“Mark O’Connor! Number fotty tooh!”

Apparently, there are 58 pubs on the Dingle peninsular in southwest Ireland. Not surprisingly, this is the highest number of pubs per capita in Ireland.


On a recent visit in October, my wife Jill and I managed to make it to seven of them. Consequently, we’ll have to take the word of the locals regarding the other 51.


And they’re nothing like the oversized beer barns we have here. Come to think of it, most of them are little more than half the size of your normal Australian suburban corner hotel such as Andy O’Brien’s iconic Petrel Hotel in Pakington Street Geelong West.


For the more abstemious readers among you – God bless your souls and your livers – who may be unfamiliar with Geelong’s longest continuous licensed premises with just three owners since 1849, the hotel measures about 15 metres by 45 metres. (Personal interest disclaimer: the royal and ancient Petrel is your author’s local.)


So then, the Dingle pubs are many but small. No problems there if for no other reason than they all serve Guinness.


Guinness then eh?


Kindly forgive this untimely interruption to the already waning early energy of the narrative folks but it must be declared that the Guinness in Ireland is nothing like the crap that passes by that name here. It has nothing of that bitter aftertaste.


In fact, the taste that lingers on the palate is a sort of sweet nutty confluence of subliminal flavours that probably has its distant origins somewhere in Enid Blyton’s Land of Treats at the top of the Magic Faraway Tree. Dame Washalot more than likely enjoyed a few Guinnesses herself while discarding water over whatever hapless adventurers happened to be climbing the tree at that point in time.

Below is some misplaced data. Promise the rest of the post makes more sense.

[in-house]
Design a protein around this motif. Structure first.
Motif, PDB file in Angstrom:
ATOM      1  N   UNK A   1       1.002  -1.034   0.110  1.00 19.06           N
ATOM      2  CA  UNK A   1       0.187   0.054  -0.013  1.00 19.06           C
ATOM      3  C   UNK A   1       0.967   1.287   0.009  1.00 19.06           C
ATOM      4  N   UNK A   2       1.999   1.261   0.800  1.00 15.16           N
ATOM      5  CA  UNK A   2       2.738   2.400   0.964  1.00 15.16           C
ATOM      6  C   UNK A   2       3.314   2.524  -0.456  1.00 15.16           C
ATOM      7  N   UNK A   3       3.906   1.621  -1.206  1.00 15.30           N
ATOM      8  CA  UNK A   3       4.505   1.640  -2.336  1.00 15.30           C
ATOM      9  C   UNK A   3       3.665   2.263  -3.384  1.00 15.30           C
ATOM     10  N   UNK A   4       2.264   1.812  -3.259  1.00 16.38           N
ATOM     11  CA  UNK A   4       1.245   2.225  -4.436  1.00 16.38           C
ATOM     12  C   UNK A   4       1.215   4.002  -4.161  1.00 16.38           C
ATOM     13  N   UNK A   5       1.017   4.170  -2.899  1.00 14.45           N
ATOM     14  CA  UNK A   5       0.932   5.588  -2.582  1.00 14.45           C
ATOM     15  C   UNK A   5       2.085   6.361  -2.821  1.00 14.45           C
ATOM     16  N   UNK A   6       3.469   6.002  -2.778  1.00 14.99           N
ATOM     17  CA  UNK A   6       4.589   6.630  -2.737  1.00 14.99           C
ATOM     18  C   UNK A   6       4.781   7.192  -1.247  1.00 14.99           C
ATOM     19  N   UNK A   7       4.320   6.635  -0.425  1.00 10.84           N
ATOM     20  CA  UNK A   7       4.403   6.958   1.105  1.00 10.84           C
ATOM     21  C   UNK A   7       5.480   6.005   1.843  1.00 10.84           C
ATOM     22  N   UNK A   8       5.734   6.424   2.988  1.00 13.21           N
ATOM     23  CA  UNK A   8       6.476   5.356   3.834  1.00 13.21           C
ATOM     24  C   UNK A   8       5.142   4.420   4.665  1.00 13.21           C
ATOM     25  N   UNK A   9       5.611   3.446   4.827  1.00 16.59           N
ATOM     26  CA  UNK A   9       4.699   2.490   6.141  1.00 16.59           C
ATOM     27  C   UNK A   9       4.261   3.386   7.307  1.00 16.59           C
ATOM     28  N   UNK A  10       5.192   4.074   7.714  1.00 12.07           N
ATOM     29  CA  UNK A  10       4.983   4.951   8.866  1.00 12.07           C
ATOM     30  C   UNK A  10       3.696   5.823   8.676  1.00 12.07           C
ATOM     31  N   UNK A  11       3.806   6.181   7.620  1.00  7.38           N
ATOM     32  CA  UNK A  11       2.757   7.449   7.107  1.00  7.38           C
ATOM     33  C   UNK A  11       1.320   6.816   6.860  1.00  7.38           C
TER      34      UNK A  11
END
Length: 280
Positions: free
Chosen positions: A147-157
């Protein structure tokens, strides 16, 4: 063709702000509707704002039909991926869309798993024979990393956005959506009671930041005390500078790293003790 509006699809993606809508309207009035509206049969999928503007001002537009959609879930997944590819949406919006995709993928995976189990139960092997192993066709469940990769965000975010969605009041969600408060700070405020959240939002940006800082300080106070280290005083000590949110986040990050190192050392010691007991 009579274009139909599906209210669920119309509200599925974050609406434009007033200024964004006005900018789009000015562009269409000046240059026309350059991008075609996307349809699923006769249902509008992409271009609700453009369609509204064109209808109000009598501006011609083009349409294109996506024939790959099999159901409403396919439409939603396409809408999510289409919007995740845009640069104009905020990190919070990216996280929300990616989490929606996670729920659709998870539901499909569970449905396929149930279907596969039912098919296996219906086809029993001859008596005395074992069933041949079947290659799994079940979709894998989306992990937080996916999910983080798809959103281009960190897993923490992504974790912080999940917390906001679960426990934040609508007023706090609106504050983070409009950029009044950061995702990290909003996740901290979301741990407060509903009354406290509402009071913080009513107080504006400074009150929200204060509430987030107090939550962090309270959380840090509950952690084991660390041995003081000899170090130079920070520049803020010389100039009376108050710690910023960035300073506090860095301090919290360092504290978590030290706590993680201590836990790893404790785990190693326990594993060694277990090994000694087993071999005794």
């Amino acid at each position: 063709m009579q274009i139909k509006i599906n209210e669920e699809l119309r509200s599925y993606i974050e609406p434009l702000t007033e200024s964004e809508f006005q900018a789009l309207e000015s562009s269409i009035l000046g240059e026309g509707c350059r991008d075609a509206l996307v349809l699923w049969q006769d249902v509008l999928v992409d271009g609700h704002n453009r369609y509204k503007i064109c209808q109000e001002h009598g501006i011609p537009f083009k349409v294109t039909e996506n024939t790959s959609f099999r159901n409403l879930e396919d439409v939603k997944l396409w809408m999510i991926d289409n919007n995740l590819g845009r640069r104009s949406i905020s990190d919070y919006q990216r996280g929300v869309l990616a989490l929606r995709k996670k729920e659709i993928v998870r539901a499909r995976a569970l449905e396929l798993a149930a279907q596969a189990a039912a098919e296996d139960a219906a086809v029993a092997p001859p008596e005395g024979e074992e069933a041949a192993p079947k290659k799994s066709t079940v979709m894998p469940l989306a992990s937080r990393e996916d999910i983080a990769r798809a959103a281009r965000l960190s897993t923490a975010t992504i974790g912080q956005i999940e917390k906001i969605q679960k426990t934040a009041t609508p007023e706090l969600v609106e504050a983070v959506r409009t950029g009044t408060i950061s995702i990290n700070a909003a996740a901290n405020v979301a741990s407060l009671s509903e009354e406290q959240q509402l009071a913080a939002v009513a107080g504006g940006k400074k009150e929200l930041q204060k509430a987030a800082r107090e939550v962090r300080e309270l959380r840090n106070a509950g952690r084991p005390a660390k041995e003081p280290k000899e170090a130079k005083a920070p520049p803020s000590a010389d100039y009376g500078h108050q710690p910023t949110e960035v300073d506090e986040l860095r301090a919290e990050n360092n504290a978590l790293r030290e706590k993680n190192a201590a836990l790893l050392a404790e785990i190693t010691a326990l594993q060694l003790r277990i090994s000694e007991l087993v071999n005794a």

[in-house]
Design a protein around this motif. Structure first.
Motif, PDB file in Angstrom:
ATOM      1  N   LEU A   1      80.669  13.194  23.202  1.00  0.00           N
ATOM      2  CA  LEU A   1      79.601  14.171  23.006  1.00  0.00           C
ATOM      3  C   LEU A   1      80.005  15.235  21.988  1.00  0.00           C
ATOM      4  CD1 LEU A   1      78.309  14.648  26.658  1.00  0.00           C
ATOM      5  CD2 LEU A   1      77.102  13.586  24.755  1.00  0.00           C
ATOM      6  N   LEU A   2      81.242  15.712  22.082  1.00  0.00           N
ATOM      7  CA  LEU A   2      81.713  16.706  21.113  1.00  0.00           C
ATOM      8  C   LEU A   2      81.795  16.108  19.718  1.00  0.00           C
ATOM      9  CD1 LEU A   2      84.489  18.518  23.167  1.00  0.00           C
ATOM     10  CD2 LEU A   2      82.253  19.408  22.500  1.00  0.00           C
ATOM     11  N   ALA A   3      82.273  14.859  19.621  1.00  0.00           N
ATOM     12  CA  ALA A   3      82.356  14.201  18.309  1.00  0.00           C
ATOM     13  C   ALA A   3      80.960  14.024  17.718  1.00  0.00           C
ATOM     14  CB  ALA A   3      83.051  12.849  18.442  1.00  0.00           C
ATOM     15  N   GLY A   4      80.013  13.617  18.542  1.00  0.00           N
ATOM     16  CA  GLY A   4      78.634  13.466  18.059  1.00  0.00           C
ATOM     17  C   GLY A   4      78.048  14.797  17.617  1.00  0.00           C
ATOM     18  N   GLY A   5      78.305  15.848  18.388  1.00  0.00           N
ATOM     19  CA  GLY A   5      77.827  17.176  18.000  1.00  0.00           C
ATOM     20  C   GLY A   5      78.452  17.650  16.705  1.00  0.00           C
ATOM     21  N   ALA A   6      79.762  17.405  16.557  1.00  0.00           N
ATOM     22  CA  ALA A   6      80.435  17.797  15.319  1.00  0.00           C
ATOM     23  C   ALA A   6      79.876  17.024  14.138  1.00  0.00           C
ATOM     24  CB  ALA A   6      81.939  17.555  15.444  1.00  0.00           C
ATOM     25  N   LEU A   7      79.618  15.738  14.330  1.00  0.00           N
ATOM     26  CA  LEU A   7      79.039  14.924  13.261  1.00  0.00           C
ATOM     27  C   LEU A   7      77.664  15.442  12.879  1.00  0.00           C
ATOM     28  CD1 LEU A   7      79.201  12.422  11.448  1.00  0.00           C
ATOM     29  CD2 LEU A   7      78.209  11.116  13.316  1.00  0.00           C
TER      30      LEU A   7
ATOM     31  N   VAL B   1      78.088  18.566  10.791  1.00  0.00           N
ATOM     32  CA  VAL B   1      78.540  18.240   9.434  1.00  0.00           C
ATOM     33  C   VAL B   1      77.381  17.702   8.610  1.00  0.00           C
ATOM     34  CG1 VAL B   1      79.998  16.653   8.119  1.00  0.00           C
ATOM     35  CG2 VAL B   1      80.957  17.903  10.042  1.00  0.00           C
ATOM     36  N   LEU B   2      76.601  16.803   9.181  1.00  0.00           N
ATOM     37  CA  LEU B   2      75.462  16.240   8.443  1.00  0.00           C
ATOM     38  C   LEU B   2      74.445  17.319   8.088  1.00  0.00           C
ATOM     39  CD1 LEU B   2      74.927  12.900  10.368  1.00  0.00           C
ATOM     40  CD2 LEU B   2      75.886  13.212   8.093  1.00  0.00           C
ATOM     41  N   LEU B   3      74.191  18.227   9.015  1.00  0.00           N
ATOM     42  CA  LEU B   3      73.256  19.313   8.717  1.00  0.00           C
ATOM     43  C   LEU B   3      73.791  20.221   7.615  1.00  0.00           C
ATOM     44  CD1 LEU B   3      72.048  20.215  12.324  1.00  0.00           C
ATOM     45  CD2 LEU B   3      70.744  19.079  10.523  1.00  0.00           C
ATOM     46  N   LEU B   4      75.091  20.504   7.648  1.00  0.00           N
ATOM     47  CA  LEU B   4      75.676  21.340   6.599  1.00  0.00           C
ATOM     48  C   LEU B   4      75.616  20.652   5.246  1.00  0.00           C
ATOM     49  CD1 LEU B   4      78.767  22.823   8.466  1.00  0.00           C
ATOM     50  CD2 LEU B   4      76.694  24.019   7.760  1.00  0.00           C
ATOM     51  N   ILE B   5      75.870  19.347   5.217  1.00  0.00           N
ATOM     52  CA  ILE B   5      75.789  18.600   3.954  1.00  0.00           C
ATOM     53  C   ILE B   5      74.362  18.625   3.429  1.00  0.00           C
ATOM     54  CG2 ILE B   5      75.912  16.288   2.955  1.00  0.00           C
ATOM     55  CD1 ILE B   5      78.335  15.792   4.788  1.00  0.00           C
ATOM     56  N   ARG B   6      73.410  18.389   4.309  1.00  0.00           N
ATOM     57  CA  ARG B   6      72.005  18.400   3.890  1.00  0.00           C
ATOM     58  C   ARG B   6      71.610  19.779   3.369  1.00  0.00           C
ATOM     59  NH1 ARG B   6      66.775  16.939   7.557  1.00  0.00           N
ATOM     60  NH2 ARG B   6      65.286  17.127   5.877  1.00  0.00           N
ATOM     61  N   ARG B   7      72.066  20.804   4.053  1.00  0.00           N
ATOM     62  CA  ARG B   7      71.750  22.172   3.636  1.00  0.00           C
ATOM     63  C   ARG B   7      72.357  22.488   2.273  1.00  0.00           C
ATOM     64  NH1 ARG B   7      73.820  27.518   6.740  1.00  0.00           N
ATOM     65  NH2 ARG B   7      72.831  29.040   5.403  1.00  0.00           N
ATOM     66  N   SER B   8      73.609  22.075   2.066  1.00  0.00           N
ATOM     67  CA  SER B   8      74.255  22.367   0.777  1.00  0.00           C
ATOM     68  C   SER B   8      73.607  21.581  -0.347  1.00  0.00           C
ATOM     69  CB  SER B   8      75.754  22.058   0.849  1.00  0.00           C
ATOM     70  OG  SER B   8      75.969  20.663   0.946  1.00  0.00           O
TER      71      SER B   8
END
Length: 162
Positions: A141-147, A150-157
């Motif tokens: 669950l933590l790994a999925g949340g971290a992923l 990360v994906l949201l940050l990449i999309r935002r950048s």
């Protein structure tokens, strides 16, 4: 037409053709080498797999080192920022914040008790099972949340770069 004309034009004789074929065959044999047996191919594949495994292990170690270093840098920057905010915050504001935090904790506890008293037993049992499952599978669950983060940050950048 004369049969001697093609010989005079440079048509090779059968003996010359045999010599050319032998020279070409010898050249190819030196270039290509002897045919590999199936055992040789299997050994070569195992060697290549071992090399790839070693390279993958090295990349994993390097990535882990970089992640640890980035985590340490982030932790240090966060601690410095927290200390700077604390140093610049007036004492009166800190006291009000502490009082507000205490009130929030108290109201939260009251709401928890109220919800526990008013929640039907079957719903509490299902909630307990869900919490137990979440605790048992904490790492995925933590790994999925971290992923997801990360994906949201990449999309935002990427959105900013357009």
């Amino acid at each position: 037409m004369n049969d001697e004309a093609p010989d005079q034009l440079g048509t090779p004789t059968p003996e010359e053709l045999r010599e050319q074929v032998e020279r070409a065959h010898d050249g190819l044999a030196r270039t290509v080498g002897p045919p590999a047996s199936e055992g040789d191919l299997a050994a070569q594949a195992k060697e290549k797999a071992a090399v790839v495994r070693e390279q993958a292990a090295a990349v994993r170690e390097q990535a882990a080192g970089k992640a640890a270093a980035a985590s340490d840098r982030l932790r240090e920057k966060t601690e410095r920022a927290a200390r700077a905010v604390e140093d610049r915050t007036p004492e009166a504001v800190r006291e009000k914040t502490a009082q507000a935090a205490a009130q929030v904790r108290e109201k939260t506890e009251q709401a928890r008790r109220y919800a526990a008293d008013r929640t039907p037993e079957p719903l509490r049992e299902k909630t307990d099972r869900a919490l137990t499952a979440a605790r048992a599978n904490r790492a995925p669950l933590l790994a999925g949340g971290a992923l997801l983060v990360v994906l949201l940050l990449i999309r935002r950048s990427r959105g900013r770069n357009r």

But I digress.


OK then, so if all the Dingle pubs serve this nectar of the Gods where does a thirsty Aussie couple start? Well, we thought a random selection was as good a way to go as any.


Soooooo….we politely walk into one of these tiny oases of the angels and discover navy blue and white hooped themes in all manner of paraphernalia. At first sight, it looks like an unlikely outpost of the Cats’ shop at Kardinia Park.


Guinness and the Cats – together? No way. I haven’t been that good. Surely I still have a few unexpurgated sins in the locker since last Lent’s confession.


“Nah darl, it can’t be. Probably the colours of some local team,” I helpfully suggest.


“Are you sure? Why don’t you ask him?”




“Because that photo is our 2019 playing list – that’s why,” insists my ever alert perspicacious bride pointing to the primary source evidence adjacent to a large inverted gin dispenser.


We broach the subject with our very genial host Dave but we are not prepared for the rather unexpected detail of the answer.


“The Cuts,” he says.




“Geelong in the AFL. Come on. Surely you know them. You’re Aussies! The Cuts!”


These conversational pipe opening invitations come in such rapid fire succession that I need to gather my thoughts prior to responding. Yeah he really does mean the Cats and he is talking about Geelong. Strewth!